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You Must Be Psychic! March 28, 2010

Posted by Jason in Daily PM.
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It’s (hopefully) well known that psychics use all kinds of tricks to induce the illusion that they can see into the unknown.  Leading questions, rephrasing the customer’s own statements, some educated guessing, and deflection of any seemingly off-base predictions are part of the toolkit.

As unsavory as this may seem in that context, consultants are often faced with a similar challenge: teasing out as much information as possible from a new client, framing the information in terms of the professional’s expertise, and getting positive feedback that they are heading down the right track.  Indeed, for those consultants who have truly seen many similar situations, the initial assessment can often seem psychic.  Many might even jump to rapid conclusions and begin making predictions about what might be the problem.

Hopefully, you can foresee where this is going.  That first consultation – perhaps the first few – is an information gathering session.  If there is ever a time to hold true to the 80/20 rule, this is it.  Virtually every word out of the consultant’s mouth should be a question or at least a clarification or prompting to continue a particular line of reasoning.  It is not the time to bring out the big hammer or nod knowingly after hearing a few buzzwords that have you mentally preparing to vomit your wisdom all over them.  If you’re not listening, you’re doing it wrong.

Sure, we know, you’ve seen it all before and been there done that.  That’s not the point.  It’s obviously comforting to know that you have the tools available and experience to do the job.  If you didn’t, you wouldn’t be in the meeting in the first place.  Now is the time to build a relationship and demonstrate self confidence by letting the client explain the details.  I would go so far as to say that if the answer really is that easy and you think you have it figured out after the first meeting, either you are missing the big picture or you are bringing so little value to the table that your engagement is on thin ice to begin with.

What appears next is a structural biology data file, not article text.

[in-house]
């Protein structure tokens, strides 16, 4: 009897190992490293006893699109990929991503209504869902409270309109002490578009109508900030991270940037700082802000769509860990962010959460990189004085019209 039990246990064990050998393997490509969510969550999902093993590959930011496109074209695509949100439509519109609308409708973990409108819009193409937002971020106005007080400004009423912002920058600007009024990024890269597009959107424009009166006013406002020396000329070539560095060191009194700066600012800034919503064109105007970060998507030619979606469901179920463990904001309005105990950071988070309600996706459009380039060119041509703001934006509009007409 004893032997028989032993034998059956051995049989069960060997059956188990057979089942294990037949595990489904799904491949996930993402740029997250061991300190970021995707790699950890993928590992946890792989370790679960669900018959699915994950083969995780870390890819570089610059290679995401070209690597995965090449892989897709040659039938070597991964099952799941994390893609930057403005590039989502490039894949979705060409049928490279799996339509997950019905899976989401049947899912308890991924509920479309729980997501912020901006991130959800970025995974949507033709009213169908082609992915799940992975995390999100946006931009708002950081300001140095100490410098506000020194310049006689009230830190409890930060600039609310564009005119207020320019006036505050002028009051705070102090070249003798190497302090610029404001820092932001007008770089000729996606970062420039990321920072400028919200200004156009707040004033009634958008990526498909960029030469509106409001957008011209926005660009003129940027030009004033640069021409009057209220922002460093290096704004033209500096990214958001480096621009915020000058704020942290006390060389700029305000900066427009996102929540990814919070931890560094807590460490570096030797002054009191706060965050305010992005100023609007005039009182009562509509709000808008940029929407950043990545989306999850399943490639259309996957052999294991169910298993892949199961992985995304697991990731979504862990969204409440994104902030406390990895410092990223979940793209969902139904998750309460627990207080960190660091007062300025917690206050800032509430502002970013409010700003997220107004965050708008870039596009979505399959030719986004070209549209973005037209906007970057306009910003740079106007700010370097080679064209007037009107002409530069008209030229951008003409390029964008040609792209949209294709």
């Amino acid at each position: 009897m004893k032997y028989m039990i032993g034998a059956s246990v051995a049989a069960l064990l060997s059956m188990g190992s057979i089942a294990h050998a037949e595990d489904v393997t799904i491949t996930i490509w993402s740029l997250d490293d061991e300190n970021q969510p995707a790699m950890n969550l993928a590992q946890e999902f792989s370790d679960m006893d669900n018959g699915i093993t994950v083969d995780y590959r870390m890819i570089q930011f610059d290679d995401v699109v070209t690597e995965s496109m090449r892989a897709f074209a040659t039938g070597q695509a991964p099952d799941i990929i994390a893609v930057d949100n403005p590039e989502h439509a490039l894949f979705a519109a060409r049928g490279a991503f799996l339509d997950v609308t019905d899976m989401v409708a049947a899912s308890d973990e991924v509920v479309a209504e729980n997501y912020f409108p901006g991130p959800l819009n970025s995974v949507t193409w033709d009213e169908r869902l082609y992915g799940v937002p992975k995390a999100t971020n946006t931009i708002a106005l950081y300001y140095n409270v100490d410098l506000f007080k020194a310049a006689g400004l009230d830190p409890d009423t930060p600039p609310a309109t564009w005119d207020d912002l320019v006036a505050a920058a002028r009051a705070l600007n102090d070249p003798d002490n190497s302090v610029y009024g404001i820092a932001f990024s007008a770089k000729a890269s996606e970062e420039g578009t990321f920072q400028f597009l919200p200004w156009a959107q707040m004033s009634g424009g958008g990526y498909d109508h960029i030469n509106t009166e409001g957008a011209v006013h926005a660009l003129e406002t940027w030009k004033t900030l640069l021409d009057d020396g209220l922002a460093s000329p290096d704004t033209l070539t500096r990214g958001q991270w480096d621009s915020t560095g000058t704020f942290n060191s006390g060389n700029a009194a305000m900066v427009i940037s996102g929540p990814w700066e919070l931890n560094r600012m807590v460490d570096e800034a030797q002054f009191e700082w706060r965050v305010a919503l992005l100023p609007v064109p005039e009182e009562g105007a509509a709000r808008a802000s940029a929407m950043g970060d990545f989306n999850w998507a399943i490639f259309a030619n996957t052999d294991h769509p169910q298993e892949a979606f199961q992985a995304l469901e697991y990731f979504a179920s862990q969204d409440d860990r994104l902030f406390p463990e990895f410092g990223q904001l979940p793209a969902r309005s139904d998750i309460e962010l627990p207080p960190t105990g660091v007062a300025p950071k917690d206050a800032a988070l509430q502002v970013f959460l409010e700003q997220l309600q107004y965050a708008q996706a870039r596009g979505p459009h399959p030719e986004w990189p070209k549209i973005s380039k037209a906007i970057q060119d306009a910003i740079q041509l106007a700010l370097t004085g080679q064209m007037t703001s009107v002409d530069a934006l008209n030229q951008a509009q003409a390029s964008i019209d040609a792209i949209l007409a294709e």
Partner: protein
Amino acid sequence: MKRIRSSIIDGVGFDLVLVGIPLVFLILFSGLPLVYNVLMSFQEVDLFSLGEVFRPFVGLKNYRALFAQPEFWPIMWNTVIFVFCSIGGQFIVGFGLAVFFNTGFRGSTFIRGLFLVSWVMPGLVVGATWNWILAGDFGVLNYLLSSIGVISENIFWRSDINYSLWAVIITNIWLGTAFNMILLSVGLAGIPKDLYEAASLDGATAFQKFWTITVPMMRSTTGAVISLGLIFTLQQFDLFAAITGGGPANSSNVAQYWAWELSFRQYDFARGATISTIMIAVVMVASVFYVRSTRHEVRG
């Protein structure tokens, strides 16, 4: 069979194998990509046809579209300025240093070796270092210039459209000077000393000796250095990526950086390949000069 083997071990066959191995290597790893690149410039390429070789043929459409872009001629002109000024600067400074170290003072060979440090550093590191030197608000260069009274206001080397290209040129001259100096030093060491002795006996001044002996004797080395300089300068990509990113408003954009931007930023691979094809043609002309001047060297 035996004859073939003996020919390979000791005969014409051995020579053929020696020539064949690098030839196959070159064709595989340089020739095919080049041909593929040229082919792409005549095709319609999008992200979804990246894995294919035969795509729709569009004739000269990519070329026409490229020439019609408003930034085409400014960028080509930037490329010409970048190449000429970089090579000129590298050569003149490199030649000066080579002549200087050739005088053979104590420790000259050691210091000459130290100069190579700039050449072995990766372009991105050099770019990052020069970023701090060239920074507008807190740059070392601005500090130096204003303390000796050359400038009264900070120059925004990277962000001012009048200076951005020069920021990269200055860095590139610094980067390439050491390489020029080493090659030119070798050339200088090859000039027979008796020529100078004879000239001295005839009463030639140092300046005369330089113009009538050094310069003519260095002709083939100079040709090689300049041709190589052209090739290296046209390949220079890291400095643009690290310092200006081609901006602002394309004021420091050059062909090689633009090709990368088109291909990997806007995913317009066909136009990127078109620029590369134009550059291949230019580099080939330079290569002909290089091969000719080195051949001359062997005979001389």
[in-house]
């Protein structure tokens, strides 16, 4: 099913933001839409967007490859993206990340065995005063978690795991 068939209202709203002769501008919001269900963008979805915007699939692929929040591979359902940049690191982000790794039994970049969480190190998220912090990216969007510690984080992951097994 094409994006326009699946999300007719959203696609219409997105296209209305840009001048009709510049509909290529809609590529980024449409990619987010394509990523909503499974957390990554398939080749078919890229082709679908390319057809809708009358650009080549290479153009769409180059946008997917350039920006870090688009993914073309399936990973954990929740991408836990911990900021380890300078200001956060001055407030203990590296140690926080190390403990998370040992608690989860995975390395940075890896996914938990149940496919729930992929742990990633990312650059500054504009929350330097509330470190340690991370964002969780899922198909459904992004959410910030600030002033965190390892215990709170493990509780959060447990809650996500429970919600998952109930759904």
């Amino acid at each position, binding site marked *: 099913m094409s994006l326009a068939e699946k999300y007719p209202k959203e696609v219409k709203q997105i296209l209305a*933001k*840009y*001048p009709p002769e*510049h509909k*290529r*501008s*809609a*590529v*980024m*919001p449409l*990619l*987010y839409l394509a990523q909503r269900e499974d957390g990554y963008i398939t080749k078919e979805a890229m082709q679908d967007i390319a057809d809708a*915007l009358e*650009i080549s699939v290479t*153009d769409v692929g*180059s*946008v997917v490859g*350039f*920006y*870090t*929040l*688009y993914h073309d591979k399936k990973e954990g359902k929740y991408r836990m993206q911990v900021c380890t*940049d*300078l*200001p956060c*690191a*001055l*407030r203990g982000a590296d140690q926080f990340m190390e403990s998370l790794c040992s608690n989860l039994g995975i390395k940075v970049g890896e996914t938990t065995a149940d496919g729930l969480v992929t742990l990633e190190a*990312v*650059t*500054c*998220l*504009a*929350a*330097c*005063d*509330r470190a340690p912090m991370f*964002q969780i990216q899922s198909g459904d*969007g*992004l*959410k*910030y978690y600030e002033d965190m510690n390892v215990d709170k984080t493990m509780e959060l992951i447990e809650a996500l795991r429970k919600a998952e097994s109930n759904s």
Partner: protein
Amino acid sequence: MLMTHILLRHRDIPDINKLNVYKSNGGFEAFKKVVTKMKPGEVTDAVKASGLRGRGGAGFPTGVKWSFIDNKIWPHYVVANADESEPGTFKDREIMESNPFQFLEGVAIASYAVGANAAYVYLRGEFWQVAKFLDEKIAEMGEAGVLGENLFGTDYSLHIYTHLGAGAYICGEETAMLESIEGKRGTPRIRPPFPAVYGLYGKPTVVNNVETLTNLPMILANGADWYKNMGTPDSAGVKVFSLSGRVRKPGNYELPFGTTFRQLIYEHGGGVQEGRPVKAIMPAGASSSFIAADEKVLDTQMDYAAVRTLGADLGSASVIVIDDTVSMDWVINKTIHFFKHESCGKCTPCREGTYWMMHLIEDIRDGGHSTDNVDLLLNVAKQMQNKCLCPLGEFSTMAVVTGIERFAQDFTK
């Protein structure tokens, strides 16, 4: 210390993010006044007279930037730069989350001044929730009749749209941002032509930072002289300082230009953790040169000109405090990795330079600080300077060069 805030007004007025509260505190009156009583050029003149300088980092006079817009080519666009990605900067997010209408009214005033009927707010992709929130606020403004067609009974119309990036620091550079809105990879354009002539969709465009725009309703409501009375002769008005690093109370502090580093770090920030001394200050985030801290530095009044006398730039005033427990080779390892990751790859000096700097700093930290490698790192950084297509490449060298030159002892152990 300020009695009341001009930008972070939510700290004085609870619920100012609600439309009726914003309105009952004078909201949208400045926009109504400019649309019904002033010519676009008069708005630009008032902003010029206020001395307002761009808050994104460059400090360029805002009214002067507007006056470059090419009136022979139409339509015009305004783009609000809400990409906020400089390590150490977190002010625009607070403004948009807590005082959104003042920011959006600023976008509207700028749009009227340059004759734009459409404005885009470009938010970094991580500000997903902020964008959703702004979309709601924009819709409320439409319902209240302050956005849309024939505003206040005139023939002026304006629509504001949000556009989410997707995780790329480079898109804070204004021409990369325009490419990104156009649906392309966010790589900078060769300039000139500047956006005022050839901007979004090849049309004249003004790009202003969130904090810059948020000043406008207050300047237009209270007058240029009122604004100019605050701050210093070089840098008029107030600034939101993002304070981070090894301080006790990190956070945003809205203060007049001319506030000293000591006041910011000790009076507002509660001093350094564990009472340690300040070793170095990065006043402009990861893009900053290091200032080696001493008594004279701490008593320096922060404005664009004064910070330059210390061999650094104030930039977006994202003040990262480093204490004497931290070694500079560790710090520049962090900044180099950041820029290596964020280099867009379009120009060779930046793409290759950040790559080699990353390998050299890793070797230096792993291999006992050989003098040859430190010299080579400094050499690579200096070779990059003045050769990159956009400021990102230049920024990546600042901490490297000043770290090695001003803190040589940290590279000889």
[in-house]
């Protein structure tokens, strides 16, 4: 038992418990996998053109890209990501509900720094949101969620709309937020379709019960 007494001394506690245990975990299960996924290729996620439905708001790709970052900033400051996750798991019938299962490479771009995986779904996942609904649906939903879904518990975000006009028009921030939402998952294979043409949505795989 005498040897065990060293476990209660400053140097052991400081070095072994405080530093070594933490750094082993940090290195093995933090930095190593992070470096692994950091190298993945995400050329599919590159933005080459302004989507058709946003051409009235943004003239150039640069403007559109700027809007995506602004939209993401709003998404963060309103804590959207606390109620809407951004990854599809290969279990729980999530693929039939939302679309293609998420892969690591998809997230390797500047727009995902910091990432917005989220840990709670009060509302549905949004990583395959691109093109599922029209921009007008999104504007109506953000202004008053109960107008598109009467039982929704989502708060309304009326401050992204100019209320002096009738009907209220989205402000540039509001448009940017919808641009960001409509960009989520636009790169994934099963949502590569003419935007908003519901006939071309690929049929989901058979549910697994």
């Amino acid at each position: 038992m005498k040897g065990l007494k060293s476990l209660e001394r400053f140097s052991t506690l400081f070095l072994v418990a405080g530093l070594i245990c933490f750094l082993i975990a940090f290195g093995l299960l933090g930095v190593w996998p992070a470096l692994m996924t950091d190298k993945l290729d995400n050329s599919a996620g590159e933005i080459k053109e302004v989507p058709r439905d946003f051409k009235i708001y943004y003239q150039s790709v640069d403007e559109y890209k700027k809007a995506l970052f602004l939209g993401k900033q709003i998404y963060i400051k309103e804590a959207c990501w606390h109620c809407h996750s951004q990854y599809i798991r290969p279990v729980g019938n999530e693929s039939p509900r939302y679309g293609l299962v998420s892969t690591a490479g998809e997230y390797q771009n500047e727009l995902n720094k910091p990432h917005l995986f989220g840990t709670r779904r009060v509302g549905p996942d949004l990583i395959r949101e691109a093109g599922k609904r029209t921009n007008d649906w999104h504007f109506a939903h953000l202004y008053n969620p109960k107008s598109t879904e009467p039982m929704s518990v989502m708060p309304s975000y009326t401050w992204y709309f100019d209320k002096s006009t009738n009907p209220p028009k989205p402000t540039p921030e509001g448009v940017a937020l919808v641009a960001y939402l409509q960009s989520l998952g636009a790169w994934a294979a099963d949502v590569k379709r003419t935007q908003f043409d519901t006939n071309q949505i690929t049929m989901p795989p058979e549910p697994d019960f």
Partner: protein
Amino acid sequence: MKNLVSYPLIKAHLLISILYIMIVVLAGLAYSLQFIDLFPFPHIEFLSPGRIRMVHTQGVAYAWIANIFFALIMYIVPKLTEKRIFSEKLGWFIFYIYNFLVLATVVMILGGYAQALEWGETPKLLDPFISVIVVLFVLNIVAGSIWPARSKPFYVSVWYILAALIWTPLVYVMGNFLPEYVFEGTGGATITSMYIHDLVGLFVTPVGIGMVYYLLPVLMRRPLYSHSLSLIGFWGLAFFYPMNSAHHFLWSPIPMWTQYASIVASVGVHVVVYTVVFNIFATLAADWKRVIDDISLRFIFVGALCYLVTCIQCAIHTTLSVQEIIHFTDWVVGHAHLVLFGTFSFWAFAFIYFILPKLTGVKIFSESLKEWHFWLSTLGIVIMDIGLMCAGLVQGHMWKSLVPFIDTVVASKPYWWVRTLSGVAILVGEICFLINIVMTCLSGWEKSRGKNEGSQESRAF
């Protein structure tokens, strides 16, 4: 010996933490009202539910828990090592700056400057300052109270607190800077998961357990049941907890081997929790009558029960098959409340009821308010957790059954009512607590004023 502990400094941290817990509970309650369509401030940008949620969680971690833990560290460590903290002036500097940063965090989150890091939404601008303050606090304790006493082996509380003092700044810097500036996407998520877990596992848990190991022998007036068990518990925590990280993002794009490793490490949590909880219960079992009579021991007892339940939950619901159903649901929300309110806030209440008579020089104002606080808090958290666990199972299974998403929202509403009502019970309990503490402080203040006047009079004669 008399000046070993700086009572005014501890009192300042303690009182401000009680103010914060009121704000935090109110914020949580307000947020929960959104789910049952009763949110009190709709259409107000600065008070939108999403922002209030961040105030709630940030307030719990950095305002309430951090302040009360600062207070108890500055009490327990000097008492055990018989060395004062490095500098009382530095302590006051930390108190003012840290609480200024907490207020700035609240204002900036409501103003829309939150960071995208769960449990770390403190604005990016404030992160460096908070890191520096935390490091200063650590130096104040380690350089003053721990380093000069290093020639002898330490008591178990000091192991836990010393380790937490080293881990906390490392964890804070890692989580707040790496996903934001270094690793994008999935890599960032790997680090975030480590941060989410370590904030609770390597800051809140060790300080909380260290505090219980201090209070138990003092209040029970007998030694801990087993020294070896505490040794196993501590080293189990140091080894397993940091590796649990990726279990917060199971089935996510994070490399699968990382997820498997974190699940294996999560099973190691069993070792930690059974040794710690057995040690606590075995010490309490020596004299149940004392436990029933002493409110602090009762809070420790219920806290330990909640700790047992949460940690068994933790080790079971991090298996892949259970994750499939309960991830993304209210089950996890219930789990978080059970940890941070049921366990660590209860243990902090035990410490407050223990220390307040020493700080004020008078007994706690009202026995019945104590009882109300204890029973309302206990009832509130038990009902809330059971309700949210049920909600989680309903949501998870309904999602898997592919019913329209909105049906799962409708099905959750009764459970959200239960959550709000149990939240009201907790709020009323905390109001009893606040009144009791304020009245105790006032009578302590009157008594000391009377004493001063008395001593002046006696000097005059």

Business Safety March 25, 2010

Posted by Jason in Insider's View Relapses.
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Civil engineers should be familiar with a construction site’s safety hazards. If not, perhaps they need to get out in the field more often; but that’s something for another time. One of the great challenges of construction — or its cousin, mining — is maintaining a “safety culture.” It is not hard to imagine that a roughneck crew of operators or miners (more…)

Commonality March 23, 2010

Posted by Jason in Daily PM.
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One of the best ways to spark innovation or creativity is to look for parallels in other industries.  Doing so, it doesn’t take long to see that seemingly disparate fields share more than meets the eye.  Last month’s Insider’s View column touched on this topic as related to safety cultures in heavy industries like mining and construction.  But it goes much deeper than that.

Most organizations must deal with difficult changes.  “Change managers” are those who have effectively harnessed the business, psychological, and sociological aspects to bring about real, lasting behavioral adjustments.  In all cases, true effectiveness comes from finding personal motivation (or negative consequences) to gain support and buy-in.

What about when that change manager (who may simply be a line manager or other supervisor) moves on to other things?  Will the process remain in place?  If done properly, it is possible to implement systems that encourage innovation and ideas – and more importantly, provide an outlet for them within the organization.

This is the common thread among virtually all industries.  As groups of individuals, different organizations still must reflect the norms and behaviors present in the work force.  When it is necessary to change them, it doesn’t matter if you are a small, boutique firm or a multinational oil company.  Change isn’t easy, but it can be very powerful.  Making positive use of this power is the real goal.